Sunday, May 23, 2010

High Prices and Fairness

High prices are often associated with greed and a lack of compassion. Companies that charge high prices are considered to be taking advantage of their customers, and unfair to those who don't get the company's service. Yet most people don't think twice about charging a high price when it comes to looking for a job.

Your salary is the price a company must pay for your time and effort, so seeking the best salary is essentially charging the highest possible price for your work. Are you greedy and uncompassionate for doing this? Are you taking advantage of your new company? Not at all — you're just taking part in the fair and widely beneficial system of competitive pricing.

High prices are considered unfair for a couple reasons:

"People who pay high prices are being exploited."

If this were true, then people who receive high salaries would be exploiting their companies. On the contrary, companies choose to pay high salaries to valuable workers just like people choose to pay high prices for valuable services. In free market competition, the price system requires a mutual agreement between buyer and seller — it doesn't get any fairer than that.

"Some people can't afford pricey services."

A service's high price shows how highly valued it is among the population. There are many people who can afford a pricey service but do not value it highly enough to purchase it, which means that the scarce service is left for those who value it the most. Along these lines, your job search matches you with the company that values you the highest among all companies that could have afforded to pay your new salary.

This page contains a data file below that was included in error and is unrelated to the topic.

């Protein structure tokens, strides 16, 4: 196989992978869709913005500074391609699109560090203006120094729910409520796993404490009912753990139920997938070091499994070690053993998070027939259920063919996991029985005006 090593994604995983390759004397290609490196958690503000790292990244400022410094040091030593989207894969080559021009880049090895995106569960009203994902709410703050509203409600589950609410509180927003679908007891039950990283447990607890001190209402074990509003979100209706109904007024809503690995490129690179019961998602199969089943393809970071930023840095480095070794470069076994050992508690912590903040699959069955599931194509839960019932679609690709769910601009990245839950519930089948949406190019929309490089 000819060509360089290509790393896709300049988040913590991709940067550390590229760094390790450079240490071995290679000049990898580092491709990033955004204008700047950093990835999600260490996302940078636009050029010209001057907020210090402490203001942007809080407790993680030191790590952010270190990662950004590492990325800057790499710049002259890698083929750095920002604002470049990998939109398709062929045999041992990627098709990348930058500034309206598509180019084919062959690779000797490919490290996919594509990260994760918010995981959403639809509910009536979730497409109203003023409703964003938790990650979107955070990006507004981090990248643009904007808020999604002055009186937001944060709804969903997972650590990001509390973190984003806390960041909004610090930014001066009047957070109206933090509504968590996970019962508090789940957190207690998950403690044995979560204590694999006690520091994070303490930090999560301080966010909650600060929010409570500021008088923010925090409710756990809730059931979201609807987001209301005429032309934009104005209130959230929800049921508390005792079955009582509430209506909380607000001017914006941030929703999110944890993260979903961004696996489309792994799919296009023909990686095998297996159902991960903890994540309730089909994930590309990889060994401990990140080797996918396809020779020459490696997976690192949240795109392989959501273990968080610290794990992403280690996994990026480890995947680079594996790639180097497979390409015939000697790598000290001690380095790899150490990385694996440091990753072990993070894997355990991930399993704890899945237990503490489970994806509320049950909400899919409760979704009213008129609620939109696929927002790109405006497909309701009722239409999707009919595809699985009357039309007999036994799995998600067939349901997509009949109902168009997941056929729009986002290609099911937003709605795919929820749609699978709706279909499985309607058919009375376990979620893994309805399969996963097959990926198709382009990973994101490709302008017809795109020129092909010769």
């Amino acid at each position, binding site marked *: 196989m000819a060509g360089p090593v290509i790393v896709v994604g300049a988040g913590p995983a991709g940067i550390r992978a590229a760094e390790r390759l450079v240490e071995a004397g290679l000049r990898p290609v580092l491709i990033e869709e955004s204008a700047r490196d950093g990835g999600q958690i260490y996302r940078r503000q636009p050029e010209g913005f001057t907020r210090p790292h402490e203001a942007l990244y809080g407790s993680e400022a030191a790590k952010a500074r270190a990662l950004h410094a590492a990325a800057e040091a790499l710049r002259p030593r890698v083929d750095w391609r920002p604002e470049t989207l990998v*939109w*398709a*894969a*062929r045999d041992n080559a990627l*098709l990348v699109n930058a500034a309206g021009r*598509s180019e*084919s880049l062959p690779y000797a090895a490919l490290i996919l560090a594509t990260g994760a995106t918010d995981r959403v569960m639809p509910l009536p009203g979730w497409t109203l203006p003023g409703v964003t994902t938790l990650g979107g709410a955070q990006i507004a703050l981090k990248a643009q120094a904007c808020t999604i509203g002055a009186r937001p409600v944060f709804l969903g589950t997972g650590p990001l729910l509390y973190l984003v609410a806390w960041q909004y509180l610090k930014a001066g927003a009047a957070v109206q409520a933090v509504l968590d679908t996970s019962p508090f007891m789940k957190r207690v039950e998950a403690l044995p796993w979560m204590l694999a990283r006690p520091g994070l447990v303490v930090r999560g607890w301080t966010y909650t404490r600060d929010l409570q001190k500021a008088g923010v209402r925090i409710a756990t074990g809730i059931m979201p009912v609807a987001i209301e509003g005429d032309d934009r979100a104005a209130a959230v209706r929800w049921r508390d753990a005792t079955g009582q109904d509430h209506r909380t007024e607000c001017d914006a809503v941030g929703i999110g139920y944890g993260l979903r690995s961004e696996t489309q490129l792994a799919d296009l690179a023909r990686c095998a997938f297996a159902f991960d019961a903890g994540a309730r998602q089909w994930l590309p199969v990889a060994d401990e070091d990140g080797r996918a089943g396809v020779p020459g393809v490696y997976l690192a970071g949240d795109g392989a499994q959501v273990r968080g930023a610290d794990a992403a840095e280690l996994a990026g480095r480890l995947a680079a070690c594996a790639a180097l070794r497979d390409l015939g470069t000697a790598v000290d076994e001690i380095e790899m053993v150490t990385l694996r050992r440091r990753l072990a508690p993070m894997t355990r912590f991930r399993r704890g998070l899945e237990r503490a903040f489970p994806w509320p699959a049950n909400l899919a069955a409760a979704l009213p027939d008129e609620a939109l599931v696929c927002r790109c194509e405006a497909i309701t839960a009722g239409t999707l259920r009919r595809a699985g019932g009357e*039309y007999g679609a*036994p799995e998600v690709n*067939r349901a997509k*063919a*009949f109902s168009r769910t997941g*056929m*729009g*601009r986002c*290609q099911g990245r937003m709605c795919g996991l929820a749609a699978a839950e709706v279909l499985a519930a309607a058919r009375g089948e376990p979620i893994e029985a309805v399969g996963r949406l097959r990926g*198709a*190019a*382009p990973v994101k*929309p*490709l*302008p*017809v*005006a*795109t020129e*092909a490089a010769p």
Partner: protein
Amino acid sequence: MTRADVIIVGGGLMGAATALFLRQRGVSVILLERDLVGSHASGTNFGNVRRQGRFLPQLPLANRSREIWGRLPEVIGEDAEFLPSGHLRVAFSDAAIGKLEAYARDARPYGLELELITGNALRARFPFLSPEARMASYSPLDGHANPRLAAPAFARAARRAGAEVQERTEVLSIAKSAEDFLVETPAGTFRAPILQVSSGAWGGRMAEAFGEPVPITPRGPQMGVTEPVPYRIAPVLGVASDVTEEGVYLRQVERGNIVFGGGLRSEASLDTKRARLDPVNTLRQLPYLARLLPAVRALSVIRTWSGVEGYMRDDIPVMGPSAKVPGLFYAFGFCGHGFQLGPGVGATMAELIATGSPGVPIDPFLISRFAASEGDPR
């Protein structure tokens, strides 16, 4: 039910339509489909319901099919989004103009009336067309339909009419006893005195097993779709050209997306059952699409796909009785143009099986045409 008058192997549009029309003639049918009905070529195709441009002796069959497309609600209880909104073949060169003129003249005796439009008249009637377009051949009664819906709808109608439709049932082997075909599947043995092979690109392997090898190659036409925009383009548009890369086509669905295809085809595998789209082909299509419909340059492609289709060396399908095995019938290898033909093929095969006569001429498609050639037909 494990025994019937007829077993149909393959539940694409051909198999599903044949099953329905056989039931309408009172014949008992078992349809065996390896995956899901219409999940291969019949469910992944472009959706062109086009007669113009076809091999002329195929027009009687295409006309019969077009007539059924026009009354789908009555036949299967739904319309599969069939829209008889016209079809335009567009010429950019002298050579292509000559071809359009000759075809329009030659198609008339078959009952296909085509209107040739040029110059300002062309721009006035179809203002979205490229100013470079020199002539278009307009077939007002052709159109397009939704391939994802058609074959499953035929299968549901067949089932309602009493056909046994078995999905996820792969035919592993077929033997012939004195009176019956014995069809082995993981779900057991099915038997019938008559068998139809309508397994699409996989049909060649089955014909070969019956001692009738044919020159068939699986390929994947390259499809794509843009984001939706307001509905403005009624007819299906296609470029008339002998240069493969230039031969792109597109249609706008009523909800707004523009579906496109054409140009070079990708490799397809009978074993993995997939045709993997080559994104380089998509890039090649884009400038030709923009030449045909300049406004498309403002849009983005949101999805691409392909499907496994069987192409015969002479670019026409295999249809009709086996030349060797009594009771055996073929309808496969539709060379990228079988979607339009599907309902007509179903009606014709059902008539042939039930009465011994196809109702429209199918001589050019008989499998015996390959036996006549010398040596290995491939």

But what about the people who legitimately cannot afford a needed service? For one, these people are greatly benefited by private charity.1 In addition, the price system will help them in two ways. First, a service's high price signals other businesses to start providing that service in order to profit from its high price. The increased supply will drive down the price so that more people can afford the service. Second, the high price encourages hard work and saving, enough of which will allow anyone to eventually get the service.

With ample competition, the price system is fair because both sides have to agree, and helpful in sending resources where they are most valued.

1. The United States is the most charitable nation in the world.
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